Assemblyman Al Stirpe

It’s almost that time of the year again. Right now, the stores are stocked with pencils, folders and composition notebooks as parents and their kids receive supply lists, homeroom assignments and class schedules. Come September, school buses will hit the roads, ready to transport students across New York State for another year of learning.

Back-to-school season can be exciting, but it can also be a nerve-wracking time for some students, especially the youngsters entering kindergarten, kids heading into middle or high school for the first time or those who’ve transferred to a new district. But while it may be scary at first, students should know that they can find support from their teachers, administrators and peers as they progress on their educational journey.

I’m also working hard to support students and schools in Central New York and beyond. This past legislative session, I helped pass a number of measures to help ensure our kids’ safety and provide our schools with the resources they need to best serve students. To that end, I co-sponsored and helped pass a new law allowing municipalities to implement a school bus camera program (Ch. 145 of 2019).

Previously, drivers who illegally passed a stopped school bus displaying a red visual signal could only be issued a ticket by a police officer who witnessed the violation. With the new program, municipalities can install cameras on school buses as well as stationary cameras and issue fines to drivers who illegally pass.

It’s estimated that 50,000 drivers illegally pass school buses across the state every day, which is simply unacceptable.[1] Parents shouldn’t have to fear for their children’s life at the bus stop. This law will help hold irresponsible drivers accountable for their negligent actions.

To support our students and teachers, I helped pass the 2019-20 state budget, which provides public schools with a $1 billion increase in education funding for a total of $27.8 billion. Additionally, the budget allocates $1.5 million for junior high school mental health grants and $96.6 million for public libraries.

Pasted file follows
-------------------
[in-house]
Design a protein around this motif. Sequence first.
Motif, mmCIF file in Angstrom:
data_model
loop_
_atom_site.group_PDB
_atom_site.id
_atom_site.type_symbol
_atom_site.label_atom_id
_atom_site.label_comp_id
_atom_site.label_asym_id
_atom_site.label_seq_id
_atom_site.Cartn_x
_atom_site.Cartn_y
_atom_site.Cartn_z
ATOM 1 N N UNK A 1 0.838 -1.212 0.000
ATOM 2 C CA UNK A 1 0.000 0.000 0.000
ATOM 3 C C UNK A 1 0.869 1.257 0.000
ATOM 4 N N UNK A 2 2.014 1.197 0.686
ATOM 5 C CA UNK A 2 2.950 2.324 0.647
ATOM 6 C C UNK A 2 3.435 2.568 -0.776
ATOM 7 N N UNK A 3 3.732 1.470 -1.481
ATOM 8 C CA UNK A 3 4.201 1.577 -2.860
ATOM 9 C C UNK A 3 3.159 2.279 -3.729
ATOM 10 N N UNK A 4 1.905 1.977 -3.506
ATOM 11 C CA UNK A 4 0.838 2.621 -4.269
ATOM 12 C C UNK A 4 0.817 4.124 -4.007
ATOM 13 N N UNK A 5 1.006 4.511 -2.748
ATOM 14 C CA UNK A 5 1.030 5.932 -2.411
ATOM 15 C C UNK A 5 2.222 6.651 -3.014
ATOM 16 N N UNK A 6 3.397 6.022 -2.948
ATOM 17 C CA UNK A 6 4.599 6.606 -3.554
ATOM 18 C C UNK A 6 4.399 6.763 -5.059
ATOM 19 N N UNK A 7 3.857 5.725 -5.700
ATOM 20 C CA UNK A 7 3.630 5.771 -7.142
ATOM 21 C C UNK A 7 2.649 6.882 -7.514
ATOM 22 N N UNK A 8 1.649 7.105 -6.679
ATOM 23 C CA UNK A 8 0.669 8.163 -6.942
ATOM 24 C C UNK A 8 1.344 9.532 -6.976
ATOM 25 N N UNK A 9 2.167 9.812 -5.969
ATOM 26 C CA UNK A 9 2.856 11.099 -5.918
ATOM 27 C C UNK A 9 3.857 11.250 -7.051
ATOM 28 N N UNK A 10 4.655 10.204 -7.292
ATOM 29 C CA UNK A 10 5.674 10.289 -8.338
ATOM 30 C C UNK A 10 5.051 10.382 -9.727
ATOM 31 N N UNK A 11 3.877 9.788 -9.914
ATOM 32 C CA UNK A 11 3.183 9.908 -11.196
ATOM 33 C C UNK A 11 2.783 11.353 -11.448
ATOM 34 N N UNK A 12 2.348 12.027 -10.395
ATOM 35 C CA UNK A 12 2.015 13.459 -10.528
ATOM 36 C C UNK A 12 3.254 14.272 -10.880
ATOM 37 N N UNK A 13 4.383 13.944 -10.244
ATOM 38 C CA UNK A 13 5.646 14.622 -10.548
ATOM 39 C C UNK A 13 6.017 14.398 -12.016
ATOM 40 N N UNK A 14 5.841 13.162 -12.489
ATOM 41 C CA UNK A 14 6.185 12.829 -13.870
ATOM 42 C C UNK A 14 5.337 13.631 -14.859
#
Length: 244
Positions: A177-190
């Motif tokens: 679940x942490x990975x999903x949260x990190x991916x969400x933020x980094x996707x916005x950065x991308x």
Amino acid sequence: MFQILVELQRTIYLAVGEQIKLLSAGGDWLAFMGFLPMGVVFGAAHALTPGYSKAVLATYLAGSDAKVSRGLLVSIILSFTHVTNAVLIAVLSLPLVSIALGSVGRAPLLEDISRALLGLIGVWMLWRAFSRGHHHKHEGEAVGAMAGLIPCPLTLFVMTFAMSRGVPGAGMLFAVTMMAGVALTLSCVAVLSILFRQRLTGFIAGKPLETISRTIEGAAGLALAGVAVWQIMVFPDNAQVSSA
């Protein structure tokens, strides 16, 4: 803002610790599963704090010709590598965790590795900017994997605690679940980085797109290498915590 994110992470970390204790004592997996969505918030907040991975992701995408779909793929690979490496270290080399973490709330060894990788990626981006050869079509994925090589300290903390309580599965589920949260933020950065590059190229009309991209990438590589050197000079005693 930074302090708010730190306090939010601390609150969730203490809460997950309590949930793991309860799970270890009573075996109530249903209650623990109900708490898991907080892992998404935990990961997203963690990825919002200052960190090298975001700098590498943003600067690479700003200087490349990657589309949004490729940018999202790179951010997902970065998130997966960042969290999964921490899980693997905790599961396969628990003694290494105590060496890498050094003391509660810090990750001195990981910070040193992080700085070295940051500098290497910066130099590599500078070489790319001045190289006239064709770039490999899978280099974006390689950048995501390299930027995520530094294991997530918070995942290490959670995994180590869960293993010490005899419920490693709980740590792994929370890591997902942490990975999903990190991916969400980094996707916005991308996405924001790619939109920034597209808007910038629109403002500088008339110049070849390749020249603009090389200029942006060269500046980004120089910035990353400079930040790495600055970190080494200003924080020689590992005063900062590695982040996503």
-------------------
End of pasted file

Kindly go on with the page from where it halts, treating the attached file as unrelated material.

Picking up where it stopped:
To empower local school districts and teachers, the state budget also removes the mandate that state-created and administered assessments be used for teacher and principal evaluations. A curriculum that works for Central New York won’t be the same as one that works for students in the Bronx or North Country. This measure allows our educators to do what they do best ­– teach our kids – instead of following a cookie-cutter approach that’s geared toward high-stakes testing.

As we approach the new school year, I’ll continue fighting to ensure our schools are funded, our educators receive proper support and that our kids are safe so they can receive the best education possible. Meanwhile, I hope all Central New York students are ready to learn as we gear up for what’s sure to be another exciting school year.

As always, my door is open to anyone who has questions about this or any other community issue. Please don’t hesitate to contact my office at 315-452-1115 or


By martha

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